Wooden loose parts toys arranged in a group

Loose parts play: what it is and why it matters

Loose parts don’t look very inspiring.

What can you do with a box-full of identical pieces?

But sit with them a while and you’ll understand what makes them so fascinating. Even as adults we gain pleasure from these materials. There’s something soothing and almost meditative about arranging the pieces in a visually harmonious way. Some arrangements simply feel right.


What is loose part play?

If your child goes to nursery or pre-school there’s a good chance there’ll be a selection of loose parts for them to play with. Logs, pebbles, cotton reels, boxes and balls are all loose parts.

The theory goes that loose parts are a gateway to creativity and problem-solving for small children. Having loose parts available lets them choose and use the materials as they want to and allows them to experiment without a pre-determined outcome or a ‘right’ way to do things.

Consider, for example, a jar full of beads. How many ways can you think of to play with them?

  • Threading, of course.
  • Poured out, and discovering that small objects, when grouped together, ‘flow’ like water.
  • Grouped by colour, and sorted into different containers
  • Lined up
  • Rolled down a tube
  • Stuck into play dough to make the nobbly skin of an ankylosaurus
  • Arranged in a spiral pattern
  • Bounced down the stairs
  • Floated in water

The possibilities really are endless. Can you think of a toy that offers so much variety? I can’t.

Loose parts - seed heads

Put simply, children who play with loose parts are using creativity, imagination, science and discovery, firing on all cylinders in their play.

Why does it matter?

“In any environment, both the degree of inventiveness and creativity, and the possibility of discovery, are directly proportional to the number and kind of variables in it.”

Simon Nicholson, The Theory of Loose Parts

Architect Simon Nicholson first coined the phrase loose-part play to describe the endless possibilities offered by interesting locations. A sleek, modern, empty space has no loose parts and therefore few opportunities for discovery.

A forest, on the other hand is full of interesting and, more importantly, movable objects: pine cones, leaves, sticks, stones and minibeasts. Simply handling loose parts inspires new play. New ideas present themselves. Loose part play is exploratory.

Grapat loose parts in a tinker tray

There’s no instruction manual for loose parts, which is of course a big part of their appeal. Children can use them as a standalone toy, stacking cotton reels to make a tower or lining up dominoes to knock down, for example. They can use them to count, sort (in groups of colour, size, shape, age etc), make patterns on paper or the floor, build and construct. They are also very useful when mixed up with other toys. A selection of pebbles from the beach can be used as moon rocks in an intergalactic small world, a bunch of sticks can become a caveman’s fire. There really is no end to what loose parts can become.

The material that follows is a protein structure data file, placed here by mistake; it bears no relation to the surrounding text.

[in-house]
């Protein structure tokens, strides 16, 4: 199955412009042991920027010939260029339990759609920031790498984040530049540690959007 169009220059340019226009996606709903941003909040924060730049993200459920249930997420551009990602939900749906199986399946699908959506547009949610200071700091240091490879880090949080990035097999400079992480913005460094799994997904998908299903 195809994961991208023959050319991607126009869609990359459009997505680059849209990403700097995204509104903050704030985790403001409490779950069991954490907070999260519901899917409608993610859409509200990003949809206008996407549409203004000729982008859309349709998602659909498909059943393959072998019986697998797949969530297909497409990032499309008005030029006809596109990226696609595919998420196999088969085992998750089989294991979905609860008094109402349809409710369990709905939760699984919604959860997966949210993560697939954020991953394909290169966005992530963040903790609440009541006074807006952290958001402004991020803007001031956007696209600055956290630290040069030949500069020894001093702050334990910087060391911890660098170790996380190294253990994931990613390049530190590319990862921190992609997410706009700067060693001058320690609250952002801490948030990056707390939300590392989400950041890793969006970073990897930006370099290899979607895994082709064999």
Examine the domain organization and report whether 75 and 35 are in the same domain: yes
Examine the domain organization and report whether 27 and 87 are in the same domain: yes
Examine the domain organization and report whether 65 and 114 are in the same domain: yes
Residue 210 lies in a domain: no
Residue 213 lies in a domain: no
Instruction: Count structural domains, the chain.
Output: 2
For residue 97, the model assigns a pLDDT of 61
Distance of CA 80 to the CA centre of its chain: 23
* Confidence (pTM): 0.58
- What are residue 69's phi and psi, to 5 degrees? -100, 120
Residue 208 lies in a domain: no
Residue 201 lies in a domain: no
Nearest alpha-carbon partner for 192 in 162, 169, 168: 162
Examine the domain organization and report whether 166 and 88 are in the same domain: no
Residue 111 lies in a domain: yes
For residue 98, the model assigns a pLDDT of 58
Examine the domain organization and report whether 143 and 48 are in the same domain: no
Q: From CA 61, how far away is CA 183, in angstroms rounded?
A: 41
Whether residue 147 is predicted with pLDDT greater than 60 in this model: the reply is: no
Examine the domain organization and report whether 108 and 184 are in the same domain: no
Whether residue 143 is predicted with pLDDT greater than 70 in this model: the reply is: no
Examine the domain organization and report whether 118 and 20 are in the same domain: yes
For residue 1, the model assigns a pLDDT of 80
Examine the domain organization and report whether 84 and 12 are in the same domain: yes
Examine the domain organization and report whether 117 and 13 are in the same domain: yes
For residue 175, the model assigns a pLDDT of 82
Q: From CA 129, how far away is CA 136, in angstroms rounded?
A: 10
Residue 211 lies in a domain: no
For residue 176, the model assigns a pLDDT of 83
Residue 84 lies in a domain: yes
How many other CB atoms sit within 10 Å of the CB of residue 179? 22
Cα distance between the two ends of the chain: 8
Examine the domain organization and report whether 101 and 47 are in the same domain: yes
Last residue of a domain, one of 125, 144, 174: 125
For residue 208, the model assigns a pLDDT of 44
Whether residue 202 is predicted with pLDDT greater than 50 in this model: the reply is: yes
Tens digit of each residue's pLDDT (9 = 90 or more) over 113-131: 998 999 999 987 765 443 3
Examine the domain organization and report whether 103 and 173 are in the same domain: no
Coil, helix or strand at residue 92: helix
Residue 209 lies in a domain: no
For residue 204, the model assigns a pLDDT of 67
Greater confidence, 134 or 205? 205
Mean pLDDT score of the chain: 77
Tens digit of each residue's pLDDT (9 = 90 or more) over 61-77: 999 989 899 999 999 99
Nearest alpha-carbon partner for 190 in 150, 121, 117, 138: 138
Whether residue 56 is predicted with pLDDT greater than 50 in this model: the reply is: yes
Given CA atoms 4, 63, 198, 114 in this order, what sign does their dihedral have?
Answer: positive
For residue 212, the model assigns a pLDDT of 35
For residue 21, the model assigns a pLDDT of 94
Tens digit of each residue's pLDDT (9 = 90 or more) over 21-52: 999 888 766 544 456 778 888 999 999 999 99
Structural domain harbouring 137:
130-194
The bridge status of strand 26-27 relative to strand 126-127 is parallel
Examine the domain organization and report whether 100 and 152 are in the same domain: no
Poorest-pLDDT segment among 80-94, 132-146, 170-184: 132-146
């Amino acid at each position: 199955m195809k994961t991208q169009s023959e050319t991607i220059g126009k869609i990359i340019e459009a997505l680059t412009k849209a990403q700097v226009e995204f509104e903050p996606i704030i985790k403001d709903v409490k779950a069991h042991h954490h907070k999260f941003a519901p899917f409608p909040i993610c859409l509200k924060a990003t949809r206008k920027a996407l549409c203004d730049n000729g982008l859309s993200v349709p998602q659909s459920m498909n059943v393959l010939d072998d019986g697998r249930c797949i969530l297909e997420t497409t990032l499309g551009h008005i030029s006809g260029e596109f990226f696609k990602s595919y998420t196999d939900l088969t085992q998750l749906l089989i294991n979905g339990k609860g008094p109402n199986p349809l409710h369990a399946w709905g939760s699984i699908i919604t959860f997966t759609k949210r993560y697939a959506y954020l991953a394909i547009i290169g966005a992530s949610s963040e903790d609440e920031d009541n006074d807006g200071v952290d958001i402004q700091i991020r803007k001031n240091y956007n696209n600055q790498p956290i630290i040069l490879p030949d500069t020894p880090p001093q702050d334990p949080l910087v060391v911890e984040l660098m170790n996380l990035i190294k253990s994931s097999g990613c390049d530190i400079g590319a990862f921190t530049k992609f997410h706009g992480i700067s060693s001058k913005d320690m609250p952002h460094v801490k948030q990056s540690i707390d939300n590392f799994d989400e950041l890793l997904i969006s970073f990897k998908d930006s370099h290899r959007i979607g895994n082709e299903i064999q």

Loose parts are a gateway to creativity and problem-solving for small children. Making loose parts available lets them choose and use the materials as they want to, and allows them to experiment without a pre-determined outcome or a ‘right’ way to do things.

Loose parts for sorting

No sooner do you have two sets of loose parts than your child’s instinct is to begin to sort them. Into groups, into bowls, it doesn’t matter. The urge to look for similarities is strong. So much of learning is simply pattern recognition. Sorting activities are powerful drivers of higher order thinking and are something we recommend highly here at 100 Toys. We’ve written a guide to sorting if you’d like to find out more.

Cones as trees - loose part play

Loose parts don’t come with instructions. If this kind of play is new to you, start with a basket of natural materials and see how they can be integrated with your existing toy collection. Using cones as trees is an great place to start.

How to play with loose parts

Loose parts for making mandala patterns

Mix up the sizes and shapes or your loose part collections, from tiny sequins to big balloons. The more diverse and interesting the collections, the more opportunities there are for experimentation and discovery.

Try not to tidy up loose parts while children are playing with them. There will inevitably be some mess – it’s part of the fun!

Grapat mandalas for loose part play

Not all loose parts are natural. A tub of nuts and bolts from your toolbox can send play off in a new direction, and toys such as Grapat’s mandalas and coins offer a colourful entry-point to this kind of play.

If your child is using their loose parts in a repetitive way, that’s OK. Take a look at our guide to understanding schema play in toddlers (especially the positioning schema) for a window into this fascinating world of discovery and to learn more about how to encourage it.

Grapat coins, rings and cones with Ostheimer goose

Grapat loose parts can be combined to create wonderful small-world scenes. Add Grapat mushrooms, flowers and flames for even more variety.

Whether you choose to use natural materials, ready-made objects, or a combination of the two, give loose-part play a try. It’s the way children naturally play, and it’s good for them, too.

Loose part play with Grapat mandalas

Best toys for loose-part play

We love Grapat’s loose parts for their beauty and colour. They’re not strictly necessary, of course. By now you’ve realised that any generic materials will do. The benefit to choosing a toy is that you can be sure of its safety and provenance. We can see that a box of screws or wooden dowels might work brilliantly, but we’re not sure they’re safe to chew on. The same is true of natural materials: wonderful to work with, under supervision, but the clean-up job afterwards means you might want to avoid using them for independent play.